COMMENTS: Mail identity theft is one of the fastest growing crimes in the country, and thieves routinely target your curbside mailbox to steal checks and other sensitive documents for identity theft. To protect yourself, use a high security locking mailbox like the Mail Boss. It can’t be fished by hand or easily pried open with a screwdriver, so you know your mail is safe until you retrieve it with your key. To be safe, only send checks from secured boxes or use online bill pay – it’s safer. And always shred sensitive documents (most of which come in your mailbox) before discarding them to keep thieves from stealing your information from the trash.
Police say woman driving red SUV is stealing mail
Suspect targeting bills left in mailboxes also involved in financial fraud, authorities say
Spartanburg Journal – 12/17/10
Officers looking for suspect stealing from residential mailboxes
Spartanburg Journal – 12/16/10
(SPARTANBURG, SOUTH CAROLINA) “Spartanburg County deputies are asking for the public’s help in locating a woman they believe is driving through neighborhoods stealing outgoing mail, and authorities are urging residents not to use the mailboxes in front of their homes.
According to an arrest warrant, Teresa Miner Grell, 43, of 442 Gentry St., Spartanburg, faces a charge of financial transaction card fraud more than $500 in a six month period. Investigators, however, say Grell is a suspect in seven cases involving mail theft and forgery, according to a written statement from the Spartanburg County Sheriff’s Office.
“We strongly encourage citizens not to use the mailbox in front of their homes to mail out payments,” Master Deputy Tony Ivey said in a statement. “Instead we ask that they drop this type of mail in a blue U.S. Postal Service mailbox or take the mail directly to their local post office.”
“If you see any vehicle driving slowly through your neighborhood, especially one that is stopping at mailboxes, call your local law enforcement immediately.”
Ivey said most of the thefts have been reported in neighborhoods on the eastern side of Spartanburg County.
According to a report of the most recent incident, a Carlisle Bennett Road resident told a deputy that he saw a red sport utility vehicle drive up to his mailbox at about 12:50 p.m. Monday, and the driver stole checks from the mailbox.
In a Dec. 6 incident report, a resident of Cannons Campground Road said a reddish SUV drove up to his mailbox and took the mail from inside. The man told a deputy that he spoke with his mail carrier, who said she did not pick up mail from his box that day, the report states.
[…] Harry Spratlin, spokesman for the U.S. Postal Service, reminds residents they can communicate with their mail carriers via the agency’s website at www.usps.com about secure mail, package delivery and pick up.
“If you believe you’ve been victimized, file a report with local law enforcement and call the post office to report it to the Postal Inspection Service,” Spratlin said. “Mail theft is a very serious crime.”
A person charged with mail theft can be charged on the federal level and face a five-year prison sentence and $25,000 fine, Spratlin said. […]”
COMMENTS: Mail thieves are opportunistic. They do not target only outgoing bill payments or only pre-approved credit card offers. They steal whatever is available and they use it if they can. If not, they dump it. You may never even realize your mail has been stolen, unless the thief is successfully able to use your information fraudulently, and even then it can take several months to figure it out, and many more months to put the pieces back together. Given the epidemic of mail-identity theft across the country, vigilance is key to prevention. Use a high quality secure mailbox like the Mail Boss to protect incoming mail, and never send sensitive mail from your mailbox. Bring it directly to the post office instead.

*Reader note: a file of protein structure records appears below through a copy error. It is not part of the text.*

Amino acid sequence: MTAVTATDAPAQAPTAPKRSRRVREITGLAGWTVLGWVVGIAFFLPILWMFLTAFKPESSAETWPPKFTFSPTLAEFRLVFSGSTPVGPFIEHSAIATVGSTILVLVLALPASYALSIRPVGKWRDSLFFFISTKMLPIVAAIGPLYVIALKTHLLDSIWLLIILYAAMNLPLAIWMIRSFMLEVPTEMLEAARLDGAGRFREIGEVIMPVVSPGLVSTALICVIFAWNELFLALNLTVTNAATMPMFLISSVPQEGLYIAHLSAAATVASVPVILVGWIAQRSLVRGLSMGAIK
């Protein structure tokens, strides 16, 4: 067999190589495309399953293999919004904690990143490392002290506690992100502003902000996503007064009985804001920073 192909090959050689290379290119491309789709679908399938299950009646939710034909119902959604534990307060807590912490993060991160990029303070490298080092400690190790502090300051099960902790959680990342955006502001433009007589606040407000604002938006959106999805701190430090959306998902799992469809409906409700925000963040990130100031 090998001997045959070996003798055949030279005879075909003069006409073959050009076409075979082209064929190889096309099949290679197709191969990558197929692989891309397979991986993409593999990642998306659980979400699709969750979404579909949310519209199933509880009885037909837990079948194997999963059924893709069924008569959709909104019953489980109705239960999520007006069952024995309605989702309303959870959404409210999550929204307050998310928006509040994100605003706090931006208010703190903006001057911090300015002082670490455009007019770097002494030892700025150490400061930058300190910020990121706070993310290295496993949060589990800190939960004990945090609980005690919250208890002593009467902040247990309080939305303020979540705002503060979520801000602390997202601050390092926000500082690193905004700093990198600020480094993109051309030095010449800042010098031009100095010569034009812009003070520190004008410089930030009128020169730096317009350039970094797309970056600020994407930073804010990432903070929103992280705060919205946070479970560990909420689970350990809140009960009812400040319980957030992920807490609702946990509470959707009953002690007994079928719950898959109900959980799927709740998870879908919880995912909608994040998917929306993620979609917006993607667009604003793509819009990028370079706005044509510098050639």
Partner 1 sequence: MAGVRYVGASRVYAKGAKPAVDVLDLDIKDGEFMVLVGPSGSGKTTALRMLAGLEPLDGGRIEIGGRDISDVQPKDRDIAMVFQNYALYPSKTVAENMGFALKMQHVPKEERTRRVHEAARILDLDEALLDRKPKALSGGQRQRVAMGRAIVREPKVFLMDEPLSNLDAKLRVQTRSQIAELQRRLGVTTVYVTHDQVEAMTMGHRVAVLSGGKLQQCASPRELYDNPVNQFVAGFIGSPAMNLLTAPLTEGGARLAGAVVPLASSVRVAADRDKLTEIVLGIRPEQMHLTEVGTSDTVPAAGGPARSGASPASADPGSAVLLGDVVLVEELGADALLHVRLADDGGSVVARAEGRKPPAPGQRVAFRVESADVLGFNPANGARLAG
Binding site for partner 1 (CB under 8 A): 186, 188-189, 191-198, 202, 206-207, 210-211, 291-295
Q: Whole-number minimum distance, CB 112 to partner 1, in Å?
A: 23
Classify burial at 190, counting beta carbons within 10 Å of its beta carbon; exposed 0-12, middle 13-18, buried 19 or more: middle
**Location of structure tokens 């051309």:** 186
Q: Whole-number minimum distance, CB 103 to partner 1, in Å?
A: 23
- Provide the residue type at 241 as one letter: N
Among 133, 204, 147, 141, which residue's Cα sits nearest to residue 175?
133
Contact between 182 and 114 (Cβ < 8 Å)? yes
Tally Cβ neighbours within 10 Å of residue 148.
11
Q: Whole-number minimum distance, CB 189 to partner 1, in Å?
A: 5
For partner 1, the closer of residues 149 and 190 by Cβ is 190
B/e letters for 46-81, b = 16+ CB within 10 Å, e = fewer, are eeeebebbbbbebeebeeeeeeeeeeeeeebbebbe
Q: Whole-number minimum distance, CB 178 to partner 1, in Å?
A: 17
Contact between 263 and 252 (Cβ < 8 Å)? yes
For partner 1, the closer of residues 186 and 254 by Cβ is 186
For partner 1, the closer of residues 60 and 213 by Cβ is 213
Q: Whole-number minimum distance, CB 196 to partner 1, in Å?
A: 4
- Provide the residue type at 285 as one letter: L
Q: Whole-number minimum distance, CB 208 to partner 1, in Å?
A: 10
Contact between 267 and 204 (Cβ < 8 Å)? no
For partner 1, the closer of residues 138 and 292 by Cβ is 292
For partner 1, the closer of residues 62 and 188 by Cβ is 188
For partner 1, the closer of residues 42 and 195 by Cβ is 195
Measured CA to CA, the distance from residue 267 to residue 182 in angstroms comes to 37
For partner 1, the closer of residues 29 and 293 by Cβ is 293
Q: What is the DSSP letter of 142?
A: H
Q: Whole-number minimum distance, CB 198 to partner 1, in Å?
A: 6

Neighbors Suspect Mail Theft Ring
KKTV – 12/16/10
(BLACK FOREST, COLORADO) “Just before Christmas, some residents in Black Forest say they’ve been hit by a mail theft ring over the past week, and crooks seem to be looking for cash, gift cards, and presents. Now, neighbors say they’re frustrated.
“You don’t even know what you’re getting, and then you don’t get it,” said Sally Burr, who came home on Saturday night to find her mail box empty. The next day, while driving, she saw several piles of mail with dozens of pieces belonging to six or seven different addresses, thrown out on the side of the road.
“They’re evidently going in, grabbing all the mail, they go a mile down the road and open it up, take what they want, and throw the rest out,” said Maggie Stone, a Black Forest resident who has also seen piles of discarded mail, as well as open boxes along the roadside in her neighborhood.
It seems to be happening on several streets, and residents don’t know how to make it stop.
A few of them have contacted local authorities as well as the Postal Inspection Service, but they realize that mail thieves are difficult to catch.
“Do I expect the sheriff to sit by every body’s mail box and watch? No I don’t,” said Burr. “It’s not the postman’s fault. He delivers the mail in good conscience. I don’t know if there is a solution.”
Jeff Reed, a federal agent with the Postal Inspection Service out of Denver, told 11 News that over the holidays, when the volume of mail sent is higher, theft cases are more frequent. In addition, rural areas are easier targets for crooks because the isolated location of mail boxes gives them some protection.
Without knowing what else to do, residents in Black Forest are just trying bring attention to these cases, and also help warn others what to do to keep their mail safe.
Here are some suggestions from the U.S. Postal Inspection Service:
- Know exactly when your mail is delivered, and make sure it doesn’t sit in your mail box for very long, particularly overnight.
- If you live in a rural area, look into setting up a neighborhood delivery box unit – a large metal unit that has locked boxes for each neighbor in the area.
- If you have any mail that has been tampered with, stolen, damaged or vandalized, report it immediately by calling 1-877-876-2455
Reed also wants would-be mail crooks to keep in mind that mail theft is a federal crime, which is punishable up to five years in prison.